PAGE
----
Tag Archives: talk radio

Too Fantastic To Be True

                   

The next Presidential election will be in less than four months, or it is supposed to be. That something unforeseen could delay or even prevent an election has now become a concern in some quarters. After all, since the last Presidential election, how many times a day have you said, “This is all too fantastic to be true”? Pundits on cable TV visibly scratch their heads and are often at a loss to compose articulate sentences. The frowns and nervous laughs are a daily part of recounting the latest bizarre antics of a man and his administration that defies all semblance of normality. Revered, brilliant scholars stare dead-eyed into their Zoom-enabled cameras to offer up nothing more than frazzled apologies for not having a better explanation as to why the world we once understood is upside down and inside out. “You couldn’t make this up!” Is repeated constantly, followed by, “it’s hard to separate fantasy from reality!” 

Fantasy vs. reality is a mainstay of another cultural phenomenon, Science Fiction.  A series of interviews we conducted last year with top writers of the genre, prompted a return visit to examine how they view fantasy vs. reality. Christopher MariJeremy K. BrownKameron Hurley, and Meg Elison each have a captivating perspective on our world and the blurred line between fantasy and reality. Yes, this edition of Life Elsewhere is a conscious diversion from the real-life absurdity we are all living in. Optimistically, we will all get through and rise above this dire period, and like most good science fiction stories, we’ll venture on to a better world.

Show #380

The Way Of Birds. The Ways Of Prue.

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Jennifer Ackerman photo by Sofia-Runarsdotter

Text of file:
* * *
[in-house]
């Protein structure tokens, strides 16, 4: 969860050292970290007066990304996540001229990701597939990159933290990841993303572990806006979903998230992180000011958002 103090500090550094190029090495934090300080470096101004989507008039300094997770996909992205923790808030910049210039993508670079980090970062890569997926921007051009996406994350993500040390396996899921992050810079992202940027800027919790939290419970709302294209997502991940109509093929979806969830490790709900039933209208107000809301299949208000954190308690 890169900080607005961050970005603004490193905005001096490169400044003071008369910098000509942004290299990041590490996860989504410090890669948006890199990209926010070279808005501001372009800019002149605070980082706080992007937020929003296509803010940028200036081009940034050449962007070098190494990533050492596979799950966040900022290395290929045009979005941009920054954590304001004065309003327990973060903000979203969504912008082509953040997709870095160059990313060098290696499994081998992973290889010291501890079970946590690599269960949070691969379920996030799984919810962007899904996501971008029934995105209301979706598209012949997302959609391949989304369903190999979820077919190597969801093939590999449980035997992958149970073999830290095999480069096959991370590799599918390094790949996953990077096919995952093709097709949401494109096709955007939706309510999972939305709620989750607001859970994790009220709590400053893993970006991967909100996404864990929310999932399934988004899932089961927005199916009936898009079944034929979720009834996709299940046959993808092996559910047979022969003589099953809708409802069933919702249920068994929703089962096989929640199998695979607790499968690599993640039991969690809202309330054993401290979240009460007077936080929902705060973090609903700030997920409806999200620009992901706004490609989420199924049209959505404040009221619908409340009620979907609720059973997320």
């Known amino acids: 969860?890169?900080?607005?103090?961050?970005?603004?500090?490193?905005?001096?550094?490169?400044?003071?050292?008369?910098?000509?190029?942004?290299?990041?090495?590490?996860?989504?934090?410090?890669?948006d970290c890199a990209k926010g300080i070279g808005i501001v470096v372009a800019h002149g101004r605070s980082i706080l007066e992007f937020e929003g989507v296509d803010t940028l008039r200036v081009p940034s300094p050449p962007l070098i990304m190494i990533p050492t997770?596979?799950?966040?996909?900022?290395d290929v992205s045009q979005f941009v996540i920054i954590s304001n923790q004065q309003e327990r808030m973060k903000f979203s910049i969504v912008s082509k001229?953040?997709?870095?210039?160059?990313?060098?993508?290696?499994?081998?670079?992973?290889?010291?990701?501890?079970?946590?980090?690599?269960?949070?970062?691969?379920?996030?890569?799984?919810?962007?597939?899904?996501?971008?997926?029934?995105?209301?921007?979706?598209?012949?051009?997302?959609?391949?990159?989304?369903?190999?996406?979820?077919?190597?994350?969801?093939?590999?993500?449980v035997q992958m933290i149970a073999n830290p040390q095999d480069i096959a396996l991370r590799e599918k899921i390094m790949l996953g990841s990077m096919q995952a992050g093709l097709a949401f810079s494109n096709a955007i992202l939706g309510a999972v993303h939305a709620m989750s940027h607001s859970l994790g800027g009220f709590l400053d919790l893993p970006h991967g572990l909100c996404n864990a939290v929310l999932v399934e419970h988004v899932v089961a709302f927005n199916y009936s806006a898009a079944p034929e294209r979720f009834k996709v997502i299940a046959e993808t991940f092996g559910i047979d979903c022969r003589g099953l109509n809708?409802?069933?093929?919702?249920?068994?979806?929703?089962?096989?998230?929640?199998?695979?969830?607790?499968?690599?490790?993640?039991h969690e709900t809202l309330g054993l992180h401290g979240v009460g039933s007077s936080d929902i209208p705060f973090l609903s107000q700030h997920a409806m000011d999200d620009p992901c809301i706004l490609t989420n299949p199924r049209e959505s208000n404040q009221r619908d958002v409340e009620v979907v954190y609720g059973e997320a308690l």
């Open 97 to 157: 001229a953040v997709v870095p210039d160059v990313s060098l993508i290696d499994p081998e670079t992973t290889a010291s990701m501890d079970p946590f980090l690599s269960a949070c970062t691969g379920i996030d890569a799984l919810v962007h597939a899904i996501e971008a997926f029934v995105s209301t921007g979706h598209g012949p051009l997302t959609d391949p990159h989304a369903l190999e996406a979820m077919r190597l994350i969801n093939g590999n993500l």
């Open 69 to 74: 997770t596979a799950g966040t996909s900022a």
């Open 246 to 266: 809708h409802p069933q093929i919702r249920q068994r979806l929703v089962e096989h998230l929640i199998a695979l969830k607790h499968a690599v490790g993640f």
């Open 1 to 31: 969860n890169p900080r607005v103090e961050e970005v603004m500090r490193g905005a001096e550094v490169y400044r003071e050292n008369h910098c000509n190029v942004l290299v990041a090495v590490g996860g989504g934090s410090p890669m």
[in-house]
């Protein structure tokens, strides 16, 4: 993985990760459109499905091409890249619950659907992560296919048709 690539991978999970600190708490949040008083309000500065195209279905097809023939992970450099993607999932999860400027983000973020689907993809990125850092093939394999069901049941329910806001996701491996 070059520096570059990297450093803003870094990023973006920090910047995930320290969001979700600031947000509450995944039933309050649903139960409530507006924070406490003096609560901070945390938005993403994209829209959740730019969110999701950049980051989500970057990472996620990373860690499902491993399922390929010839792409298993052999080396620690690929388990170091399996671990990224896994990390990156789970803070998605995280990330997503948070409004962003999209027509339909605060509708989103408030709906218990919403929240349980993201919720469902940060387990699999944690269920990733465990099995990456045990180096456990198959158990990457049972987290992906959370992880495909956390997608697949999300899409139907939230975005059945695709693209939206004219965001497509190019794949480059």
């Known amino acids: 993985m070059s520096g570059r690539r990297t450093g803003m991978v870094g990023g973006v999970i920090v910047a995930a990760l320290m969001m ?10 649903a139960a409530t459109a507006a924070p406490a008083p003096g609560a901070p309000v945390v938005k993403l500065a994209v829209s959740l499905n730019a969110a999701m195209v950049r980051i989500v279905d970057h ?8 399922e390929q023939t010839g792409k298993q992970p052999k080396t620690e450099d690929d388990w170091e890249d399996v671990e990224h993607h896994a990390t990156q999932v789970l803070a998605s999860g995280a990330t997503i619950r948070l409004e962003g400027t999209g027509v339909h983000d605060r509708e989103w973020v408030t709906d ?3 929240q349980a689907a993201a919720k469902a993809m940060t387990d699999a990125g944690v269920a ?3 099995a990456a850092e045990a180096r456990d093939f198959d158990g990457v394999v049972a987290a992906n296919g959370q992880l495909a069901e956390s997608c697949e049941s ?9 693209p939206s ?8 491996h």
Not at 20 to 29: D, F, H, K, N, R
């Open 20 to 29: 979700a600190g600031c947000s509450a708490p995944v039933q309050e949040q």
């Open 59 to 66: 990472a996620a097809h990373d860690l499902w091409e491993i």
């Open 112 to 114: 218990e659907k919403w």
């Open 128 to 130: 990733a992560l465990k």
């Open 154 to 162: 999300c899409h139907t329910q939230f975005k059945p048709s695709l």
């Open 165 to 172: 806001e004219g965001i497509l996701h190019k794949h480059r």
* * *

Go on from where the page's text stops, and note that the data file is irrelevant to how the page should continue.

The Bird Way: A New Look At How Birds Talk, Work, Play, Parent and Think by Jennifer Ackerman

“There is the mammal way and there is the bird way.” But the bird way is much more than a unique pattern of brain wiring, and lately, scientists have taken a new look at bird behaviors they have, for years, dismissed as anomalies or mysteries –– What they are finding is upending the traditional view of how birds conduct their lives, how they communicate, forage, court, breed, survive. They are also revealing the remarkable intelligence underlying these activities, abilities we once considered uniquely our own: deception, manipulation, cheating, kidnapping, infanticide, but also ingenious communication between species, cooperation, collaboration, altruism, culture, and play. Drawing on personal observations, the latest science, and her bird-related travel around the world, from the tropical rainforests of eastern Australia and the remote woodlands of northern Japan to the rolling hills of Lower Austria and the islands of Alaska’s Kachemak Bay, Jennifer Ackerman shows there is clearly no single bird way of being. In every respect, in plumage, form, song, flight, lifestyle, niche, and behavior, birds vary.

Anna Dorn

Vagablonde by Anna Dorn

Prue is a 30-year-old attorney who wants two things, the first is to live without psychotropic medication, and the second is to experience success as a rap artist. Her life is good on paper: she has an easy government job and a nice girlfriend who gets her into all the right shows, but she wants to truly thrive. When Prue is introduced to music producer Jax Jameson, a human disco ball as manic and unpredictable as he is talented, they instantly vibe. Prue joins Jax’s “Kingdom,” a collective of musicians and artists who share Prue’s aesthetic sensibilities and lust for escapism. Soon, she’s off her meds, closing her law practice, and becoming entangled with a suspect crew of heavy drug users. The group they form, Shiny AF, quickly reaches cult status, and using the stage name Vagablonde, Prue finds herself in a new reality dependent on self-commodification and her growing fandom’s approval. This is the background to LA-based writer, Anna Dorn’s debut novel. But, as you will discover in Anna’s conversation with Norman B, there’s more: a revealing study of LA’s millennial-hipster-scene, drug use, music-obsessives, sexual fluidity, and the big question – is Prue, Anna Dorn